Oxford University Press is a leading publisher in arbitration law, including Investment Claims, latest books from thought leaders in the field, and a range of other journals and online products. We publish original works across key areas, from international commercial arbitration to investment arbitration, dispute resolution and energy law, developing outstanding resources to support practitioners, scholars, and students worldwide. For the latest news, commentary, and insights follow the Commercial Law team @OUPCommLaw, and the International Law team @OUPIntLaw on Twitter.

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Image credit: ICJ Robes, by International Organisation. Public domain via Wikimedia Commons.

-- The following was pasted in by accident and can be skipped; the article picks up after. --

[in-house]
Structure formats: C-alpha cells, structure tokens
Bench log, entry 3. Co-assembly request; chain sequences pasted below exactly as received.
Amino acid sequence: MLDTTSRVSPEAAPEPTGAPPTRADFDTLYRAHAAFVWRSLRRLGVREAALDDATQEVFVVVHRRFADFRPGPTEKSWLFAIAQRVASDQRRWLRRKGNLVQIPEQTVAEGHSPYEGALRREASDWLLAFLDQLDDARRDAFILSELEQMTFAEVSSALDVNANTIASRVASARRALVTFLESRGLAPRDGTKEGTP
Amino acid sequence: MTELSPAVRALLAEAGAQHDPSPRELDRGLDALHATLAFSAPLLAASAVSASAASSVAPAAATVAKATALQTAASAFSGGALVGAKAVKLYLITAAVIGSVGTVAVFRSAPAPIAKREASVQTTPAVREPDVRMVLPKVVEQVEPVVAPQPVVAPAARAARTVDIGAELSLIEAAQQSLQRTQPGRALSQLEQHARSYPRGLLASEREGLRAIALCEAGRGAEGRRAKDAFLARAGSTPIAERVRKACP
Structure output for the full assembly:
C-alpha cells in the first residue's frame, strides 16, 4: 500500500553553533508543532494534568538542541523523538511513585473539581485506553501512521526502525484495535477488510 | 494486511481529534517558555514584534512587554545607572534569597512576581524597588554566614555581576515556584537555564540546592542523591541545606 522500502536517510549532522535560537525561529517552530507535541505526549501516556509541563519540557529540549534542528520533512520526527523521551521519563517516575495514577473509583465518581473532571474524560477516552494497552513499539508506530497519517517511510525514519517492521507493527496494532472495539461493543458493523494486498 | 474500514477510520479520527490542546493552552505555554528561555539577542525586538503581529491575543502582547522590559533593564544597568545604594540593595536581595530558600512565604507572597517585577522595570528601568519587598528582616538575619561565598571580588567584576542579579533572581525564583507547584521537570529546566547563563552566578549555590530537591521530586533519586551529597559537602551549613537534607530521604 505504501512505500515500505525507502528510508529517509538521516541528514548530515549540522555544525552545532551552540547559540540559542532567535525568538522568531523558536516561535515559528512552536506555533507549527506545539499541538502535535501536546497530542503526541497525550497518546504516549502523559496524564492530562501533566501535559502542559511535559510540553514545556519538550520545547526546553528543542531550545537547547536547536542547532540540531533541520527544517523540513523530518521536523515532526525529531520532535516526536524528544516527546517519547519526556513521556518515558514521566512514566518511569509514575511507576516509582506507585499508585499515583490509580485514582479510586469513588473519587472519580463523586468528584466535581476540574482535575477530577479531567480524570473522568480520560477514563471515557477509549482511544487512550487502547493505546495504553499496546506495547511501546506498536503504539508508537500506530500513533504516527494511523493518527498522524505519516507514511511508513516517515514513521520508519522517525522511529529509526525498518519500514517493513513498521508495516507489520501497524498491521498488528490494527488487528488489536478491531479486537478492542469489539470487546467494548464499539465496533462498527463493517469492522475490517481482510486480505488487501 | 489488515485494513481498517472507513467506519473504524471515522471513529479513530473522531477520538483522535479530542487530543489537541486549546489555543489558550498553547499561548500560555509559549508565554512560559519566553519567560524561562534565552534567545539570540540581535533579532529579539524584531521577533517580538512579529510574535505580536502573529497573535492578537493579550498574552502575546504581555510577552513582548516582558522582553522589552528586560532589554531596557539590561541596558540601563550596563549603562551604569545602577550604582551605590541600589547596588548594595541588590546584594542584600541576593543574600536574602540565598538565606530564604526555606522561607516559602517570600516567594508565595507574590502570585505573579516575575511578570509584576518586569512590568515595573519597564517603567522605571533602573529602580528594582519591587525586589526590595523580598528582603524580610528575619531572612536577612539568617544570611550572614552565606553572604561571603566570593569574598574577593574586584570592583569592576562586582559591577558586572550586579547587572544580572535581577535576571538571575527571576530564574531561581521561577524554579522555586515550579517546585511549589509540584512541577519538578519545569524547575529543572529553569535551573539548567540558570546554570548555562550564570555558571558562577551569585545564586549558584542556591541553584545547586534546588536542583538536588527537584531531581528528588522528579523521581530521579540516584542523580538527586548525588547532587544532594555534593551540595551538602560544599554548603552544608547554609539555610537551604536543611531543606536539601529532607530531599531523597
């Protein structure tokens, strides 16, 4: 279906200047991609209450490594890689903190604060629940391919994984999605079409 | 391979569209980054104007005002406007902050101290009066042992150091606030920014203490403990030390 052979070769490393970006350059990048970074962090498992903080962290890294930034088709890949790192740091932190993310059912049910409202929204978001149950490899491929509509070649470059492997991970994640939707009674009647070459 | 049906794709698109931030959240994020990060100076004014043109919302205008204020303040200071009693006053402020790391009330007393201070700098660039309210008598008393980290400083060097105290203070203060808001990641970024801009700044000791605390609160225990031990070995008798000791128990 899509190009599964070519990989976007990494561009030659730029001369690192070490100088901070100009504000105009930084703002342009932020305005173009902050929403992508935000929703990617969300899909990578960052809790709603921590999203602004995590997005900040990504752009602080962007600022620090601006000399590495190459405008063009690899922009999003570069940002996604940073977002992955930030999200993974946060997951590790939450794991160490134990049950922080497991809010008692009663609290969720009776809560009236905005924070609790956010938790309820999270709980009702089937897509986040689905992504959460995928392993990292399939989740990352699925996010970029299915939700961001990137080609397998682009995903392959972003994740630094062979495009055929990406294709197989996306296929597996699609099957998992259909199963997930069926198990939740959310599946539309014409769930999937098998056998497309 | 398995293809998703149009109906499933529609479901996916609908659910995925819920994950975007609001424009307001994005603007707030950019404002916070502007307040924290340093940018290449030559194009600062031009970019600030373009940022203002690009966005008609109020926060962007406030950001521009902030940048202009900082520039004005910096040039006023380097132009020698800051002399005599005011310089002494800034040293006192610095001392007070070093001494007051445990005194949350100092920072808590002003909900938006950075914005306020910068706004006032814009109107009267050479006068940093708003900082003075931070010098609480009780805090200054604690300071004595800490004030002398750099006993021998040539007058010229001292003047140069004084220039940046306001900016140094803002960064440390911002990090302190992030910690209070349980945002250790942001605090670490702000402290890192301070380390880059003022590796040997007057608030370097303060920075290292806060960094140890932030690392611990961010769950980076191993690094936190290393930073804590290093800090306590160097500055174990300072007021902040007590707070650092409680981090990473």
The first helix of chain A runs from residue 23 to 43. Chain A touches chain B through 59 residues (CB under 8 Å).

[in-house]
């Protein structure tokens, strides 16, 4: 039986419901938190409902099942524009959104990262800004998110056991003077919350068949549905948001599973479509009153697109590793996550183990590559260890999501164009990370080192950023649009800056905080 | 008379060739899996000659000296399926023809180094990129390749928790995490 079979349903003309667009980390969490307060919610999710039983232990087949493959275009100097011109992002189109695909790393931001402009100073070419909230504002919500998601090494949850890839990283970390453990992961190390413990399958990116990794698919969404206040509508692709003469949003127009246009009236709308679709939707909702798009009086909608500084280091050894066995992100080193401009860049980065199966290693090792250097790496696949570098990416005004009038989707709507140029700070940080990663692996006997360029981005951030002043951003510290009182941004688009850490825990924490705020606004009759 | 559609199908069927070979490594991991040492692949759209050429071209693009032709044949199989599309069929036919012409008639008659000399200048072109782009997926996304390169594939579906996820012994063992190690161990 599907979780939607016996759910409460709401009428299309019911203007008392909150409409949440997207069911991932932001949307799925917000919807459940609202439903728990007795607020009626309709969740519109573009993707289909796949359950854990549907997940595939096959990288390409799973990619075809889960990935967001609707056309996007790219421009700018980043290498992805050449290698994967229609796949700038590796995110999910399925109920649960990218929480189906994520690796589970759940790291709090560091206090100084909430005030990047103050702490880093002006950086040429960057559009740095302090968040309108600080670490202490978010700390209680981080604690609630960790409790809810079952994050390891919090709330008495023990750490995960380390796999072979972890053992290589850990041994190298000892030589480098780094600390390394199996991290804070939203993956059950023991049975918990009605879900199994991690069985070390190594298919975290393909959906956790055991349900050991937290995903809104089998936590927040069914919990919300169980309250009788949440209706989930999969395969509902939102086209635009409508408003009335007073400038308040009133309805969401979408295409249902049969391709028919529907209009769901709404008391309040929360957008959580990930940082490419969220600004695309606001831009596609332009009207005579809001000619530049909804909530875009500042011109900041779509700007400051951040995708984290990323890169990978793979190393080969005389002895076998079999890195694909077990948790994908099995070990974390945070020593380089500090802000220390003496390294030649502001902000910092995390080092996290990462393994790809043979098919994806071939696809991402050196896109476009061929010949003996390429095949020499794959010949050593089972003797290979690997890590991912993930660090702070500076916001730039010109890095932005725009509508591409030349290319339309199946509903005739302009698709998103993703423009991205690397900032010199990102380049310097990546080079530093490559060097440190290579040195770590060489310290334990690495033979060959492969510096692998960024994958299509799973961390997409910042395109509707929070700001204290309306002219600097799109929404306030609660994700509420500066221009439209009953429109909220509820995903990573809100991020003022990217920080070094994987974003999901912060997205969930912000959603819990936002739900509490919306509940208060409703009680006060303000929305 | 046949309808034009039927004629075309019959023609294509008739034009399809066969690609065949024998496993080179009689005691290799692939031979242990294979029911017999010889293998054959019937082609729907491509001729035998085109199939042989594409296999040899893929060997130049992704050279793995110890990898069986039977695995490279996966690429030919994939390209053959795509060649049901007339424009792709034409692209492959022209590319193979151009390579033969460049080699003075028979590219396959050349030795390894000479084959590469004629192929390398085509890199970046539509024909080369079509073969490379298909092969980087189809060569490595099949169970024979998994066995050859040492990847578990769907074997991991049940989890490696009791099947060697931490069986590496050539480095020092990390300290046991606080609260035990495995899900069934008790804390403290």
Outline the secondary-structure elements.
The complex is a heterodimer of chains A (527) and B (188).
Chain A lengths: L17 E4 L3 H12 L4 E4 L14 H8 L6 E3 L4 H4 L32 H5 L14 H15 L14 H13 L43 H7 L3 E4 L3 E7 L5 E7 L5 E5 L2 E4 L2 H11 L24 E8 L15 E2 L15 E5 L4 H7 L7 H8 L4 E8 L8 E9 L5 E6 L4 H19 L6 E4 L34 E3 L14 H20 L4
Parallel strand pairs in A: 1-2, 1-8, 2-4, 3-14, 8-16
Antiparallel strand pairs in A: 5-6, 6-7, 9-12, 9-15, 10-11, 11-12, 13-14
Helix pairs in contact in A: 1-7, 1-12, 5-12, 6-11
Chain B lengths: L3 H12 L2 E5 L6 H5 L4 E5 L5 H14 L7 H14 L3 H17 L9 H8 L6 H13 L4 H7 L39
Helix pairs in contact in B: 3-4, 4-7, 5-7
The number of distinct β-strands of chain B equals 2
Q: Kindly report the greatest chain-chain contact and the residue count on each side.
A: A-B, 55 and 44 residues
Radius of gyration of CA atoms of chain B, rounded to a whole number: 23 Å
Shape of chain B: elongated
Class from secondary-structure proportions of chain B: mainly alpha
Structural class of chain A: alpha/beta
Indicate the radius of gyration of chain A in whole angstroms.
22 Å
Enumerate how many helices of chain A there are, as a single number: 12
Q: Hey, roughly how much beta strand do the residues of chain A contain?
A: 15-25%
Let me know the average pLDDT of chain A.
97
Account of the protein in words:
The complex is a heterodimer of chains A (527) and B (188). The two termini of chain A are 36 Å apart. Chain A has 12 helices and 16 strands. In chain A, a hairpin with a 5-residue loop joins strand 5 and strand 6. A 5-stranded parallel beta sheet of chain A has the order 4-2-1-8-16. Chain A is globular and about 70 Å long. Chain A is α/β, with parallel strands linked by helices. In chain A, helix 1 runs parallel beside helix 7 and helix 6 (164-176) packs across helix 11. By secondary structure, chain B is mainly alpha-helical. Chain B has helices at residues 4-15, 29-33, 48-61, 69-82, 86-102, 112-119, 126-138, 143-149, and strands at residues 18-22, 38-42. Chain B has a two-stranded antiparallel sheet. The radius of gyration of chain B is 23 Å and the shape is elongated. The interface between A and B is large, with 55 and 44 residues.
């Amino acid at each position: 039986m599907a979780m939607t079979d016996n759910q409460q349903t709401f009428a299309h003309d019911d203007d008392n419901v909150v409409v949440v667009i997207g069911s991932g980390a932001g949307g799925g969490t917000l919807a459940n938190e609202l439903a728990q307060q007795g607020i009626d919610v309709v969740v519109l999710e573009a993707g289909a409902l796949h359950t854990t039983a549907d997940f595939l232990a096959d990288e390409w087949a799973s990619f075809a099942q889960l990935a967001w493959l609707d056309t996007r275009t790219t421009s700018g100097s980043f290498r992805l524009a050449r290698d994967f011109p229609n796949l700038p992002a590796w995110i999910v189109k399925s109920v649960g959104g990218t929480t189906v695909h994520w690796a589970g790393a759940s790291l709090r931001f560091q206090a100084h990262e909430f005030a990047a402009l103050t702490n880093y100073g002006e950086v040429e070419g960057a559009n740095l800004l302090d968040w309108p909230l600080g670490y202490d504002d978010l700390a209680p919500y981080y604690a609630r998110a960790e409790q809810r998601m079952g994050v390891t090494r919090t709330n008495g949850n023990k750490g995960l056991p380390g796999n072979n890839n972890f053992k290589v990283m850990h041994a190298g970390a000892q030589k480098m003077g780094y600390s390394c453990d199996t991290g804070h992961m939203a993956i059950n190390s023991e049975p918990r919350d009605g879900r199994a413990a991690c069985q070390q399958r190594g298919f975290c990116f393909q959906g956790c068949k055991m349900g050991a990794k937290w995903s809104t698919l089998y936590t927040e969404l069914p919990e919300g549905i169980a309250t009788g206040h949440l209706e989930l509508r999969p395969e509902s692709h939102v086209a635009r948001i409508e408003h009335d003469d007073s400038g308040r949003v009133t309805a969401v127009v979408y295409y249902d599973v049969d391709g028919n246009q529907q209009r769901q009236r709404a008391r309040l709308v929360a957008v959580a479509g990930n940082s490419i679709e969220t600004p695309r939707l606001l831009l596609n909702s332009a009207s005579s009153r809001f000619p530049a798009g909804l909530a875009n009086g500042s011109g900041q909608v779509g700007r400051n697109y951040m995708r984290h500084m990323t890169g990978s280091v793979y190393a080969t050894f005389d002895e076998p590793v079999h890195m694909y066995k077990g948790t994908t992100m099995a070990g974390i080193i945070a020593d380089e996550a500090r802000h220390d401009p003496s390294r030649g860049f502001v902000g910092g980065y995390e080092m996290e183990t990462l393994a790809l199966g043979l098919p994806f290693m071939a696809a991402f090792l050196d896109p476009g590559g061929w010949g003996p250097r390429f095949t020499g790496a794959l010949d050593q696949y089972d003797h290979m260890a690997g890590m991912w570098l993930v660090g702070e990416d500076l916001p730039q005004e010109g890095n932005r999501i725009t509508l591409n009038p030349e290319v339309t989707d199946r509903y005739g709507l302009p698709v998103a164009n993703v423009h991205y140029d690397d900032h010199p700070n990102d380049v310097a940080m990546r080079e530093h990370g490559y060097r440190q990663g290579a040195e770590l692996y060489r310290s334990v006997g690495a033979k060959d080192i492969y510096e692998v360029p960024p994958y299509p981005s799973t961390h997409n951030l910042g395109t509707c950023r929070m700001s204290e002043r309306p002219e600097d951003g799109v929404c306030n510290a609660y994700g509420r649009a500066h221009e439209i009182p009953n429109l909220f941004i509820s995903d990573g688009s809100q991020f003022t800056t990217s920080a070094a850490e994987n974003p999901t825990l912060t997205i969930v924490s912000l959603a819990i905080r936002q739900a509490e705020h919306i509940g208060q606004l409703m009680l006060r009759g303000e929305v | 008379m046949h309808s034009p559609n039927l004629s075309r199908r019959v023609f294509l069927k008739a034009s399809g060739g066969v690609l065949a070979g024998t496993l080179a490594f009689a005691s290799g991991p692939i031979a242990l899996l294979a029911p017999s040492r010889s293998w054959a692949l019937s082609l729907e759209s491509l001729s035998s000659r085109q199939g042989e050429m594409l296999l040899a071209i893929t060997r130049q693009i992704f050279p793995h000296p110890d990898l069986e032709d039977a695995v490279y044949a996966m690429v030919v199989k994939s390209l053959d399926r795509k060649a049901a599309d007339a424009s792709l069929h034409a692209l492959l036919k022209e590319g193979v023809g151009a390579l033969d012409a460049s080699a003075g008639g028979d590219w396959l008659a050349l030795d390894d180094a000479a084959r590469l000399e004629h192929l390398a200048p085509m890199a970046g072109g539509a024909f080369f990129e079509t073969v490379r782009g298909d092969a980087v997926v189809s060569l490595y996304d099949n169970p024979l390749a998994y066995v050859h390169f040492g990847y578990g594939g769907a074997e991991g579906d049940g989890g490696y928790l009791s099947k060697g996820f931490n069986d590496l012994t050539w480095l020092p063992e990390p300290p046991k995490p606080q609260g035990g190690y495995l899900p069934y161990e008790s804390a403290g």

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3. So you think you know Jane Austen?

How much do you know about the works of one of our best-loved classic authors? What really motivates the characters, and what is going on beneath the surface of the story? Using So You Think You Know Jane Austen? A Literary Quizbook by John Sutherland and Deirdre La Faye, we’ve selected twelve questions covering all six of Austen’s major novels for you to pit your wits against. Whether you are an expert or an enthusiast, we hope you’ll learn a little extra than you already knew.

Jane Austen coloured version.jpg

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For over 100 years Oxford World’s Classics has made available the broadest spectrum of literature from around the globe. Each affordable volume reflects Oxford’s commitment to scholarship, providing the most accurate text plus a wealth of other valuable features, including expert introductions by leading authorities, voluminous notes to clarify the text, up-to-date bibliographies for further study, and much more. You can follow Oxford World’s Classics on Twitter and Facebook.